By AMERICAN HEART ASSOCIATION NEWS

Heart disease become personal to Marcella Roberts when she was diagnosed with high blood pressure. Her efforts to build heart-healthy public housing won her the American Heart Association's Louis B. Russell Jr. Award in June. (Photo by Tim Sharp for AHA)

Heart disease become personal to Marcella Roberts when she was diagnosed with high blood pressure. Her efforts to build heart-healthy public housing won her the American Heart Association’s Louis B. Russell Jr. award in June. (Photo by Tim Sharp for AHA)

As an attorney and vice president of a real estate firm, Marcella Roberts makes decisions based on data — cold, hard facts. But the stats about heart disease in women didn’t become real for her until it became personal.

Two years ago, while attending the American Heart Association’s flagship meeting, Scientific Sessions, Roberts had her blood pressure taken. It read an alarming 195/110. (Put in perspective, blood pressure under 120/80 is considered normal.)

“The lady at the booth said, ‘Something must be wrong.’ So, I put my arm in it again and it said the same thing,” Roberts said.

Sitting and resting, and then relaxing with a chair massage, didn’t change the results. Roberts ended up in the emergency room — a trip that would ultimately change her lifestyle and galvanize her efforts to help communities get healthier in her hometown of Birmingham, Alabama.

Roberts was honored last month with the AHA’s Louis B. Russell, Jr. award for her outstanding service to minority and underserved populations. The award’s namesake was an African-American man and the 34th person to undergo a heart transplant, surviving more than six years — a world record in the 1970s.

After Roberts’ ER trip, she started taking blood pressure medication, hit the gym and cleared her cupboards of junk food, dropping 30 pounds in 90 days. She also started volunteering for the AHA’s awareness movement for women’s heart and brain health, Go Red For Women.

Even before her risk for heart disease skyrocketed because of high blood pressure, Roberts was no stranger to this devastating disease.

She had witnessed the deaths of three friends younger than 50 from heart attack and heart failure. It’s no coincidence that they were all black because, as Roberts now knows, 48 percent of black women 20 and older have heart disease. Over 50,000 die annually of cardiovascular conditions.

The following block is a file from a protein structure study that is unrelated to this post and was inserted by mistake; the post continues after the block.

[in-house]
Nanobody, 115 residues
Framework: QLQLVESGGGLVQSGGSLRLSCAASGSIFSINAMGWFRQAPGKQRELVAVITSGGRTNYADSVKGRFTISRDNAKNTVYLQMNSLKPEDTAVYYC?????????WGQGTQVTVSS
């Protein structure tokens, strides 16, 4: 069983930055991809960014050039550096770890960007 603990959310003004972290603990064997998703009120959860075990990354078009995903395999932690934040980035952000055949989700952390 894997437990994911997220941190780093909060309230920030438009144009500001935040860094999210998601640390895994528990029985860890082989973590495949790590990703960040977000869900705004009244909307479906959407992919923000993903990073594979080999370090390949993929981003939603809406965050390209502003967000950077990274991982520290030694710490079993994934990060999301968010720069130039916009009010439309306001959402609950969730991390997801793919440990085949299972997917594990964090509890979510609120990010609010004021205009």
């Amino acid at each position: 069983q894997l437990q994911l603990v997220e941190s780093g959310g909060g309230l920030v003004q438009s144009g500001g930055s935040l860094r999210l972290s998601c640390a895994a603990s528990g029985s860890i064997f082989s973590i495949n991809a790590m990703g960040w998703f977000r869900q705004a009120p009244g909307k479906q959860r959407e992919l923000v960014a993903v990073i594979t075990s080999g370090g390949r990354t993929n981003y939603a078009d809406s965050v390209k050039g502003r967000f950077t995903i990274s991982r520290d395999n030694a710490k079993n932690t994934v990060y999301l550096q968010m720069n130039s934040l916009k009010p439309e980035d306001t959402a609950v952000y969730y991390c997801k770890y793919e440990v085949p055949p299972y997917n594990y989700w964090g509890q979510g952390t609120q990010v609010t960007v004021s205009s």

“I am even more determined to educate African-American women, my own family and the community at large about heart disease and how it can be prevented,” said Roberts, whose father died of congestive heart failure.

Roberts, whose firm specializes in affordable housing, knows that factors such as housing, transportation, food access, street safety and proximity to medical care impact heart disease, the leading cause of death in the world.

Those factors, collectively known as “social determinants of health,” have not traditionally been thought of by many as heart-health issues. But Roberts knows addressing them is important to help people live in healthier environments.

“I structure deals that prioritize and redevelop public housing and create quality, decent, affordable housing for low- to moderate-income families,” she said. “Most of these families live in food deserts with no access to fresh fruits and vegetables. Many are smokers, have uncontrolled hypertension, have not seen a doctor in years and don’t exercise.”

As chair of the Greater Southeast Affiliate Multicultural Committee, she led a pilot program focused on affordable housing. Nearly 1,000 residents have received health education and almost 300 housing units are smoke-free, while community gardens are springing up.

“It touches my heart when they realize the impact smoking has on their children and when they understand they really can cook healthy meals on a limited budget,” Roberts said.

“I’m doing what I was called to do,” she said. “My purpose is to empower people to overcome obstacles. My only regret is that I didn’t start this journey sooner.”

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